Damning reports have emerged of systemic exploitation in Ukrainian surrogacy businesses, with one expert labelling some of the worst clinics “baby factories”.
An Al Jazeera feature article published this week details the harrowing story of several surrogates and clients of the Ukraine’s largest surrogacy company, BioTexCom.
The company, which employs thousands of surrogates and accounts for over half of the surrogate births in the country each year, has been accused of grossly mistreating women and providing surrogates with substandard medical care.
According to Al Jazeera, the BioTexCom offers women generous remuneration (around US$11,000 plus a monthly stipend). Yet it provides “employees” with terrible accommodation during pregnancy, threatens fines if women break strict rules imposed during pregnancy, and fails to provide adequate medical attention through the nine months of child-bearing.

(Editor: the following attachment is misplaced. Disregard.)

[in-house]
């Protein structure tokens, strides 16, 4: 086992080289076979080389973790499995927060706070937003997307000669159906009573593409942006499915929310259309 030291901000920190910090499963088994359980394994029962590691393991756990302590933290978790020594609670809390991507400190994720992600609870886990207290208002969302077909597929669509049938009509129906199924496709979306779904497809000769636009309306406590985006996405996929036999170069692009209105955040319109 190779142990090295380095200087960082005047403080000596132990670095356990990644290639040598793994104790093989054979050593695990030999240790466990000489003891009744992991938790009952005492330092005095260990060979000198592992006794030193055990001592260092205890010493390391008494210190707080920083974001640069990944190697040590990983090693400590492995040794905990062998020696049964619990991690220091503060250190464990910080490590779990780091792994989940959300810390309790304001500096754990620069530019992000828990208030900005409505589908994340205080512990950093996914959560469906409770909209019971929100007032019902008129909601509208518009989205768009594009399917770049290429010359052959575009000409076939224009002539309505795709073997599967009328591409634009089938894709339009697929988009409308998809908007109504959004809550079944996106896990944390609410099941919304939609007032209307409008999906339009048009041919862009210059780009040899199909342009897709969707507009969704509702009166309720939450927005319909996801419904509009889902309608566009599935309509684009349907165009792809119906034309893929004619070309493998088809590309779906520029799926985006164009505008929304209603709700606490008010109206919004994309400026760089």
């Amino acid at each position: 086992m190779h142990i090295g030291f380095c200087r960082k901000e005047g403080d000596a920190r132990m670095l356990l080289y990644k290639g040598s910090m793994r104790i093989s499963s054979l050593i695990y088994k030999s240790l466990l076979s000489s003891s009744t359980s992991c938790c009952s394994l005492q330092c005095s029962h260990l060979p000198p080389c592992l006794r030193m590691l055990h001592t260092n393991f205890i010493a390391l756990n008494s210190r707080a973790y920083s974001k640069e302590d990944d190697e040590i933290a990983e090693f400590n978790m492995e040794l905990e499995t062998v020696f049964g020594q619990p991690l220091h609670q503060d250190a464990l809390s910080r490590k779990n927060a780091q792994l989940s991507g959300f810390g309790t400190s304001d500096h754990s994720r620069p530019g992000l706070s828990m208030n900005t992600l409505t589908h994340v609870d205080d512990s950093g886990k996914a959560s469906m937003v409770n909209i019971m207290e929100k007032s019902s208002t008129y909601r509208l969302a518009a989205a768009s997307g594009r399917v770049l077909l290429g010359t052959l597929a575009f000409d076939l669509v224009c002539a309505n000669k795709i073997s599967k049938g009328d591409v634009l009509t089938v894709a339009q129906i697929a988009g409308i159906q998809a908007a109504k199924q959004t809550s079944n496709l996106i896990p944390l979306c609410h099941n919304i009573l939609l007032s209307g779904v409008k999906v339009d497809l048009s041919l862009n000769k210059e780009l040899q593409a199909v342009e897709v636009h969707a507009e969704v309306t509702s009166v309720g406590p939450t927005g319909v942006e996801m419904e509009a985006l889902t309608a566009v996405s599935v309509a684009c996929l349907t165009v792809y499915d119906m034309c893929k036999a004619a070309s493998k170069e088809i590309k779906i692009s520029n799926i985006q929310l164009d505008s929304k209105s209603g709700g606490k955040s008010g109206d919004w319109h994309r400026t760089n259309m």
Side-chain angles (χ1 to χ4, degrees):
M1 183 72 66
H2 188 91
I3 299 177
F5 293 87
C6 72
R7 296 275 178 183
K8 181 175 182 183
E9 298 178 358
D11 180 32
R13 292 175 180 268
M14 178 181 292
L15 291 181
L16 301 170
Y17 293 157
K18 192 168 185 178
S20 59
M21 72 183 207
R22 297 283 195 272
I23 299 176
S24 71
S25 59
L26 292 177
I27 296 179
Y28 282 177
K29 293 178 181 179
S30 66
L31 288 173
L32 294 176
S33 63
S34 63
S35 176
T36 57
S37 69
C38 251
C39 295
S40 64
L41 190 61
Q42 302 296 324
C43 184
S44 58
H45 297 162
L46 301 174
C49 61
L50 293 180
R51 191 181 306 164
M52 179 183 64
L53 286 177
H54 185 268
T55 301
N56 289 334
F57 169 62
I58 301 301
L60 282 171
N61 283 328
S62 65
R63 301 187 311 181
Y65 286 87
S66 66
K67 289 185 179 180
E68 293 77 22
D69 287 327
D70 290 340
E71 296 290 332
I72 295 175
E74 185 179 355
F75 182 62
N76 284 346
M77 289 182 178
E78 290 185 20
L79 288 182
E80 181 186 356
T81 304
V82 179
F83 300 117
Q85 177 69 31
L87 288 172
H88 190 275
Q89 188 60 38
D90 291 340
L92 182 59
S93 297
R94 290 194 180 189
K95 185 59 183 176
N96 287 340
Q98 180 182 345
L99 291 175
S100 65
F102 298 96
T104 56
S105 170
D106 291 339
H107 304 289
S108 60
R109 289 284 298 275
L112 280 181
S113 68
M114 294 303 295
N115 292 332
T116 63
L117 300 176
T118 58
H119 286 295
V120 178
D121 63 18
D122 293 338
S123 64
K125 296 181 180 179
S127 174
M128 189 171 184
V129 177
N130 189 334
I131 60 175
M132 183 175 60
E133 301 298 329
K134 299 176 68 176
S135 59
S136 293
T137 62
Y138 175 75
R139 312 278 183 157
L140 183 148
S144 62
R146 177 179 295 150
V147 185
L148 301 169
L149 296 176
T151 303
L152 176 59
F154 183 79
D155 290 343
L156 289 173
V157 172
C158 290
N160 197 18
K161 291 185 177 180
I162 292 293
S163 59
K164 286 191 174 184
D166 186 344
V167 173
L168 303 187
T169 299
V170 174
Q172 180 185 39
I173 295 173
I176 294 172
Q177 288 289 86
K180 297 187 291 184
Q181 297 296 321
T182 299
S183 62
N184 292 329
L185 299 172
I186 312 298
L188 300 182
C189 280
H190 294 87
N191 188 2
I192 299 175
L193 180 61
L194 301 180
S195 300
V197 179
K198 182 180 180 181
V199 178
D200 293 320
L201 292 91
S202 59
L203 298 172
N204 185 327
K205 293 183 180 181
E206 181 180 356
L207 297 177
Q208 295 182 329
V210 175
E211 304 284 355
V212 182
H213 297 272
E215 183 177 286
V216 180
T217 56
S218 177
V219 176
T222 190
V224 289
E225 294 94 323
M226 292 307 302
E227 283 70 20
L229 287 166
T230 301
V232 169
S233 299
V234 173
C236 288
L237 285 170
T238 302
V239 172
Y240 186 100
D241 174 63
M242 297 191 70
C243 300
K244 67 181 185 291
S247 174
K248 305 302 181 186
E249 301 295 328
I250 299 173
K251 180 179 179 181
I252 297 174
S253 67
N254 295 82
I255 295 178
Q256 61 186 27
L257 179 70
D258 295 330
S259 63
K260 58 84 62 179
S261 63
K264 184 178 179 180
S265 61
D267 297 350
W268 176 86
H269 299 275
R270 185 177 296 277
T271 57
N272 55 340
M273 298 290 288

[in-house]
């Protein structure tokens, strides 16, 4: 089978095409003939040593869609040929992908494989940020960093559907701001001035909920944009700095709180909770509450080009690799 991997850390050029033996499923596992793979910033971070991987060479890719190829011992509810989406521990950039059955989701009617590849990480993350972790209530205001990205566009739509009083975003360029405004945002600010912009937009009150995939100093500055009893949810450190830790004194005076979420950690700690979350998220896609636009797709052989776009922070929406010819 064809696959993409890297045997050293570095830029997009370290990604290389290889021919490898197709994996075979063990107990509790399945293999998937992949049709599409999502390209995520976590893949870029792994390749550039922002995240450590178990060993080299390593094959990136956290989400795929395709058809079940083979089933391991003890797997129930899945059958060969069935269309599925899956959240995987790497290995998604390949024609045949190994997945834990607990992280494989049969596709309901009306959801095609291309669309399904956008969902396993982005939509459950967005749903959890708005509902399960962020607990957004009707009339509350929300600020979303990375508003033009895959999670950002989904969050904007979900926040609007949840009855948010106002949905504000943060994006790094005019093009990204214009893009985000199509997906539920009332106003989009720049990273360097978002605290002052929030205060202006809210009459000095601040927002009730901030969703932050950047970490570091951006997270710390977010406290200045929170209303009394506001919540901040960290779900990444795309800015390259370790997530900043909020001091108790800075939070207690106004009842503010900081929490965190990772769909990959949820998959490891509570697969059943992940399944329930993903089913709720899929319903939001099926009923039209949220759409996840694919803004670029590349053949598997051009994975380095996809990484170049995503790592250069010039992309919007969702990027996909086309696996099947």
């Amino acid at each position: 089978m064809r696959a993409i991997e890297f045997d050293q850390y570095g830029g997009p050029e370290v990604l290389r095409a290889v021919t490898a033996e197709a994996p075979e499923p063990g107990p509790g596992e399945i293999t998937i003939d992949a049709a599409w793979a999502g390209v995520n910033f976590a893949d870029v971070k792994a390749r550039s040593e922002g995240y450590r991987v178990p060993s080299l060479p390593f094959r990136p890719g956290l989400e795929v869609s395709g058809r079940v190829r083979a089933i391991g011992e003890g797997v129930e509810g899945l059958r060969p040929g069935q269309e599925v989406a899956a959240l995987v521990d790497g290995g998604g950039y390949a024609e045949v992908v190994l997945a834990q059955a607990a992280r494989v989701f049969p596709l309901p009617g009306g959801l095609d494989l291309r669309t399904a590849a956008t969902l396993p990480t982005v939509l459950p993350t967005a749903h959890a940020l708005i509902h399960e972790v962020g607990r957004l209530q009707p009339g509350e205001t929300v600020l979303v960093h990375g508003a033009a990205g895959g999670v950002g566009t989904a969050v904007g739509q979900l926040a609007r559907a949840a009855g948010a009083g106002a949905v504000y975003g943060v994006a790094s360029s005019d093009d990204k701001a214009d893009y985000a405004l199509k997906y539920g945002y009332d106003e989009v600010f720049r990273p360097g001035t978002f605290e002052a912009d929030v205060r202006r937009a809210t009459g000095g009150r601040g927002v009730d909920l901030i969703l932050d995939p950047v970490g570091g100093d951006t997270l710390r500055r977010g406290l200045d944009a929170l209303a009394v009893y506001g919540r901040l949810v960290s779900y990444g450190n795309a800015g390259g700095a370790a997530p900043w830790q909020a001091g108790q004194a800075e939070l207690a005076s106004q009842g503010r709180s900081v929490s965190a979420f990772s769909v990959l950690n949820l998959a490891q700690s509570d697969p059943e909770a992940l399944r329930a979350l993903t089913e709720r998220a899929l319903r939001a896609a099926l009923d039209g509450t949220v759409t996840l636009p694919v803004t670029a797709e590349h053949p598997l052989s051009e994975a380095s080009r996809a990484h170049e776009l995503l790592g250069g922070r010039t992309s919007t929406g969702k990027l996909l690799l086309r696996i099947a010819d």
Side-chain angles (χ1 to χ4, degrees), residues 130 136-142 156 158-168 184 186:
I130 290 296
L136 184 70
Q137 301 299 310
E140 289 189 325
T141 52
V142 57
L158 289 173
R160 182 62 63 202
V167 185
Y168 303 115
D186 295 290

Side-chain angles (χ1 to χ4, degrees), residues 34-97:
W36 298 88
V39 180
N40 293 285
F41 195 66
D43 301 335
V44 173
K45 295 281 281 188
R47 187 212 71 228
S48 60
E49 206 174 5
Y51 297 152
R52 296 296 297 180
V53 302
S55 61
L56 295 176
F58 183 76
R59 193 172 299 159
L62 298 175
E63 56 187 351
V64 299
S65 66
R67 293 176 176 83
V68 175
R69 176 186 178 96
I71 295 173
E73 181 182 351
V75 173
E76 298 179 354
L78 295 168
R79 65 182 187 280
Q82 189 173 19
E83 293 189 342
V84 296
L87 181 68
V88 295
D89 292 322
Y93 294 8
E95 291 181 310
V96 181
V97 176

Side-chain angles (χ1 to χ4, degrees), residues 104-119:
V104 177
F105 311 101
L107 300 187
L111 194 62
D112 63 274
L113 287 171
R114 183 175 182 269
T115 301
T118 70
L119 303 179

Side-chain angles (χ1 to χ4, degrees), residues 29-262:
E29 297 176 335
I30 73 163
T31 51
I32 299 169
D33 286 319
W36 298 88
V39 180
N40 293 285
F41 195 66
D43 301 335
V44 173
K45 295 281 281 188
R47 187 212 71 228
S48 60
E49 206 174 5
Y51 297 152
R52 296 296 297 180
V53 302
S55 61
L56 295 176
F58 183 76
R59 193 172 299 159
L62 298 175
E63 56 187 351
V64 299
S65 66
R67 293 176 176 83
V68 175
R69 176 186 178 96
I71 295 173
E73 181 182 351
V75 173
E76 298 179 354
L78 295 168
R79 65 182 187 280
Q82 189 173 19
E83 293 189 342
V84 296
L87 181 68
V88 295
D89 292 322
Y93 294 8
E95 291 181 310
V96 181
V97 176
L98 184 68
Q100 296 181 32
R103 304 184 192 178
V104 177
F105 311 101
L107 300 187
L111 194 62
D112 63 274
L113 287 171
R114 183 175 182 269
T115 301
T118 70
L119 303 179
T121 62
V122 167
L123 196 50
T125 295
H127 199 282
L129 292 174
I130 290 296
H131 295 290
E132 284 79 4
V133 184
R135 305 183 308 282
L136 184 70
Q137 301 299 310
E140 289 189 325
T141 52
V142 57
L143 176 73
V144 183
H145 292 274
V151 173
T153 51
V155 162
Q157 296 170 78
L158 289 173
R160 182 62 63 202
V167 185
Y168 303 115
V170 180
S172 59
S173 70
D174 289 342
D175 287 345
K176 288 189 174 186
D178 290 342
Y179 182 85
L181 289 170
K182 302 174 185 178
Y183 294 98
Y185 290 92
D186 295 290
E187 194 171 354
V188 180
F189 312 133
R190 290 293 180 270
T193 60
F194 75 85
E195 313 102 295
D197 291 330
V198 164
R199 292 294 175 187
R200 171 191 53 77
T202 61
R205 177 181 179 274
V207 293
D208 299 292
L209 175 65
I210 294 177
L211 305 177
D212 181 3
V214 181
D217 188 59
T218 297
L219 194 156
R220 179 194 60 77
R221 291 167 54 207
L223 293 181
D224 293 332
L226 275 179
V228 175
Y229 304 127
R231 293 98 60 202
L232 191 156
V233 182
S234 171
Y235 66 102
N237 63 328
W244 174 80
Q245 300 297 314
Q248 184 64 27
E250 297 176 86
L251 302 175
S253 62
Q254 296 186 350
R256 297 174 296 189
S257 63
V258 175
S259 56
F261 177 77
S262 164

"We were treated like cattle and mocked by doctors”, said one woman who bore a child for a client of BioTexCom in 2017. That particular woman fell seriously ill after giving birth due to a retained placenta -- an emergency condition that should be treated by doctors within hours. Yet the placenta was only removed five days later after woman started bleeding heavily and had to be rushed to intensive care.
The owner of BioTexCom, Albert Tochilovsky, was charged earlier this year with human trafficking, document forgery and tax evasion in Ukraine. If convicted, they could face up to 15 years in prison.
The Ukrainian surrogacy market also made the news recently after scores of Spanish couples who had commissioned surrogates in the country were unable to obtain Spanish passports for their newborn children.
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